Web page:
Inexpensive Nasal Spray Prevents COVID-19 Infection in Ferrets, Shows Promise for Human Trials
A multi-institutional research team has developed a nasal spray that effectively blocks absorption of the SARS-CoV-2 virus in ferrets with direct contact to infected animals, indicating the product could potentially protect against coronavirus disease 2019 (COVID-19) infection. While promising, the researchers say the nasal spray still needs to be tested in humans.
The intranasal spray consists of a lipopeptide, or a cholesterol particle that is linked to a chain of amino acids. This lipopeptide matches the stretch of amino acids in the spike protein of SARS-CoV-2 exactly. The pathogen uses the spike protein to attach to a human airway or lung cell, fusing into the cell wall and injecting its RNA. The lipopeptide in the spray intervenes in this process by attaching itself onto one of the spike’s amino acid chains, thereby preventing viral attachment.
Testing of the intranasal fusion inhibitor lipopeptide spray was conducted by researchers from the Columbia University Medical Center in New York, Erasmus Medical Center in the Netherlands and Cornell University in Ithaca, N.Y.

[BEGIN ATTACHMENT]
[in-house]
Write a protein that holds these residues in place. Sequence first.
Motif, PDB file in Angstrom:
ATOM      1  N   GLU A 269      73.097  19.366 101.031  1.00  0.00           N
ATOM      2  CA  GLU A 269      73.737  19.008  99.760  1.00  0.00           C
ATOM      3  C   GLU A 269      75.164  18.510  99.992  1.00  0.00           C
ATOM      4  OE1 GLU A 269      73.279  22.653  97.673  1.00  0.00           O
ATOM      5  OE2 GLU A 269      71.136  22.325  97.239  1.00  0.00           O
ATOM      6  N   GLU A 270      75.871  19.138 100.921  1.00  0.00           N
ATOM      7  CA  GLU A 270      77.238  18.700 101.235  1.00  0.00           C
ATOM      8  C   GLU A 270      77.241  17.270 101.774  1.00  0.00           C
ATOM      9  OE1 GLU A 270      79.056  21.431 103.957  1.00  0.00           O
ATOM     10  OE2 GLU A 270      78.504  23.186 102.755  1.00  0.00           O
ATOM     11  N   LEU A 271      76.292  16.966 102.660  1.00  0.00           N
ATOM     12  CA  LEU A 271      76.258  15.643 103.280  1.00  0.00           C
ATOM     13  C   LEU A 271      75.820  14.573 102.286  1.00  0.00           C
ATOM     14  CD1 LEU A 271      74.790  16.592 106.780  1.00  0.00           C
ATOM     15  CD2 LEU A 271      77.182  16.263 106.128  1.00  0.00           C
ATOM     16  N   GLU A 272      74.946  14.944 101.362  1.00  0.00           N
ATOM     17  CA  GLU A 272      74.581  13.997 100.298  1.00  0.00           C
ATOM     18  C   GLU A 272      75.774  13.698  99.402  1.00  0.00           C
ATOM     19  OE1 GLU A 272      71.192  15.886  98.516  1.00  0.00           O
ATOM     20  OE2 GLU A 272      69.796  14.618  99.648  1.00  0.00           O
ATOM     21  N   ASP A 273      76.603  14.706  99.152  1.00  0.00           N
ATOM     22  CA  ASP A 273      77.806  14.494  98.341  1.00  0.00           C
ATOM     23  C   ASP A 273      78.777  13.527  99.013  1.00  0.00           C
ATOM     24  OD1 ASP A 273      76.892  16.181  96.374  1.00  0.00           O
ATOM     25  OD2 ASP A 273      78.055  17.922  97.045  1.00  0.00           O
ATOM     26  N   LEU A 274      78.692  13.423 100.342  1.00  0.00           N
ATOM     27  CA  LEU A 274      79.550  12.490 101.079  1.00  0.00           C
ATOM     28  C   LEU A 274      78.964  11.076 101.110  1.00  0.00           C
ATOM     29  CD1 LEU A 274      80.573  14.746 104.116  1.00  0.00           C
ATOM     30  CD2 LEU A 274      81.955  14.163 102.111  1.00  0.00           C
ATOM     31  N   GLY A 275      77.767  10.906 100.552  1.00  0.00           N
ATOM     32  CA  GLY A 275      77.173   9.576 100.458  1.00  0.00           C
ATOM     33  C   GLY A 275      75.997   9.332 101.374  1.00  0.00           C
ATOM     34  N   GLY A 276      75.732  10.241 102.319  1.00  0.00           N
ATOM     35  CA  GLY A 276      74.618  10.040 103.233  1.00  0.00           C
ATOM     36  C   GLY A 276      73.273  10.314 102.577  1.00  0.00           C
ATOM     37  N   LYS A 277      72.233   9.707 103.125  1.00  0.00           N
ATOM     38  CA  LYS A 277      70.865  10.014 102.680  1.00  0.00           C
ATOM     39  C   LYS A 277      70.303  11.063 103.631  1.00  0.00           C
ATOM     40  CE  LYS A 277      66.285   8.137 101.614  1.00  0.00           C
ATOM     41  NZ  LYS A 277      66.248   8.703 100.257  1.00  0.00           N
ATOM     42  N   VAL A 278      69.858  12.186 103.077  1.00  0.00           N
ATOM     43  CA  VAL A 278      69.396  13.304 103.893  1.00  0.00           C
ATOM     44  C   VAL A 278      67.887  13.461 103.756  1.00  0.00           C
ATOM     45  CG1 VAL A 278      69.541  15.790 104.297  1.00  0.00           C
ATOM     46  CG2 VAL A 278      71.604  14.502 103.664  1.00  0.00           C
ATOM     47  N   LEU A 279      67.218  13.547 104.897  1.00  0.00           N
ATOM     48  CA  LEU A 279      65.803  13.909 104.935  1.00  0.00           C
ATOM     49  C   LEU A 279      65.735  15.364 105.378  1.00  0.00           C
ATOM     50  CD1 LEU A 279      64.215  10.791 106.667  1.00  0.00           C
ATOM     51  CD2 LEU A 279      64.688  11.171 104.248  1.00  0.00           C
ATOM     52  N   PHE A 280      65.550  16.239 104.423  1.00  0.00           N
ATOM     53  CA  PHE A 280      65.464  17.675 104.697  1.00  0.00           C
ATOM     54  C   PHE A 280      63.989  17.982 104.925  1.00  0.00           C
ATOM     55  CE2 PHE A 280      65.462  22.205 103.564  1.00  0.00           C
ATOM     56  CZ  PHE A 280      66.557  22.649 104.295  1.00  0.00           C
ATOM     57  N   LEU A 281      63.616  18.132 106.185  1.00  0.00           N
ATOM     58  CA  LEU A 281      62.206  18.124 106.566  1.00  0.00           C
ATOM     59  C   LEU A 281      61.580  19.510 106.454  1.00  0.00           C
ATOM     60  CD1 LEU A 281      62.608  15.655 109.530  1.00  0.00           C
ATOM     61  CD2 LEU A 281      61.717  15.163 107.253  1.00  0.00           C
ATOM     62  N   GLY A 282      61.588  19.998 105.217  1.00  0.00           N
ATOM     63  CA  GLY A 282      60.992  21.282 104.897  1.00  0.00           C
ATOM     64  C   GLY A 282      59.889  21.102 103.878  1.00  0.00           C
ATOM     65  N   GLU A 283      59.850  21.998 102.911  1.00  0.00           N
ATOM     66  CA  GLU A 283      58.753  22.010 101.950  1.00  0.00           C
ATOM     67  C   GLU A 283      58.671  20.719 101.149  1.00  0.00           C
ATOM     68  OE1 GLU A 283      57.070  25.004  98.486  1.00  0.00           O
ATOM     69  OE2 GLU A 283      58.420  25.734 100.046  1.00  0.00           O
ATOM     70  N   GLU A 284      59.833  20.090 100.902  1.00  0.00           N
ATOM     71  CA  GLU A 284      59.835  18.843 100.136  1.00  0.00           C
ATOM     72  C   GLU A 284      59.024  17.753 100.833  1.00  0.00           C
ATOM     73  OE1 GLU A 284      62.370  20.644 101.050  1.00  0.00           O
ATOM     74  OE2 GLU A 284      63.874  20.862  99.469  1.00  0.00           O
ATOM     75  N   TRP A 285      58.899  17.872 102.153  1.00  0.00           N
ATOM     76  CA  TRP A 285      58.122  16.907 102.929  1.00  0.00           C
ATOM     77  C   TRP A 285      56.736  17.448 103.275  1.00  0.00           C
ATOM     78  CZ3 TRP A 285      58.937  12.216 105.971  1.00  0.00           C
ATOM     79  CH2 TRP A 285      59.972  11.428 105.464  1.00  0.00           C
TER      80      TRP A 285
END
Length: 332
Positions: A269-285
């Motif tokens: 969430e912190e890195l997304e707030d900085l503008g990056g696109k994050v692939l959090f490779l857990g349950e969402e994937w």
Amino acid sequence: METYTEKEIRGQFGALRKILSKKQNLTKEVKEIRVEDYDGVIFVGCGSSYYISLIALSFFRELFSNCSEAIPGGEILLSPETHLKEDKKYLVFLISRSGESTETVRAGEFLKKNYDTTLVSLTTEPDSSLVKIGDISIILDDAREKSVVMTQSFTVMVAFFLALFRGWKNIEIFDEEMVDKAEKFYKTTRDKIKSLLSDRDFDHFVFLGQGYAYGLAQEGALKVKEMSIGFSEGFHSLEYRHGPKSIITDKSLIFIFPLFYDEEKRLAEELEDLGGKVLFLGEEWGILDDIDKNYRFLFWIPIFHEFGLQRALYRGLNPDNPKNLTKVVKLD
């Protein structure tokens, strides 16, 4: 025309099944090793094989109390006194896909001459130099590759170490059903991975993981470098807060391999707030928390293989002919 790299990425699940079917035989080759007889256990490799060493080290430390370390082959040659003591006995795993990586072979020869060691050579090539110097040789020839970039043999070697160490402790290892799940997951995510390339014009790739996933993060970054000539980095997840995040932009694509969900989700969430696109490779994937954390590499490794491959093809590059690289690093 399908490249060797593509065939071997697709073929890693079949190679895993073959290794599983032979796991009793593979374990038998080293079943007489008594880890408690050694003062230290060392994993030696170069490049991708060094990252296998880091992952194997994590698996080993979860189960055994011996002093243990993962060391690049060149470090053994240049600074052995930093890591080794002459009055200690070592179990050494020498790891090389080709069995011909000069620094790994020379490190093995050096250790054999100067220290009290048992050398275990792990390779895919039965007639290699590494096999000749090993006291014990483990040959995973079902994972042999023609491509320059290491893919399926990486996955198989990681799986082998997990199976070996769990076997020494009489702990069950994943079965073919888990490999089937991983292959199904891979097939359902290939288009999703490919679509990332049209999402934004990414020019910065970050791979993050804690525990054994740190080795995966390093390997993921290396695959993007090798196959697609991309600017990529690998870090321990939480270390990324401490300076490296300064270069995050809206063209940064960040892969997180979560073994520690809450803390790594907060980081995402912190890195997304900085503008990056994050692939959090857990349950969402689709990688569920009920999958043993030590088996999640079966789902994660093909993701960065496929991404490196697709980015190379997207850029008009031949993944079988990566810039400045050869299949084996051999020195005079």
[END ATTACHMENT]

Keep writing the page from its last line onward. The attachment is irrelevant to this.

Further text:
In their study researchers performed daily intranasal administration of the fusion inhibitor lipopeptide spray to six ferrets divided into three cages. Two ferrets were also placed into the three different cages. One of the two extra ferrets received a placebo spray, and the other had been infected with SARS-CoV-2 deliberately a day or two days earlier.
The spray completely prevented direct-contact transmission of SARS-CoV-2 during a 24-hour co-housing period with infected animals. All of the untreated animals that had direct exposure to the virus had an infection at the end of the study.
The investigators of the small animal study suggest the intranasal lipopeptides are non-toxic and highly stable “and thus readily translate into a safe and effective intranasal prophylactic approach to reduce transmission of SARS-CoV-2.” The paper describing the study, which has been posted first to the preprint server bioRxiv, has been submitted to Science for peer review.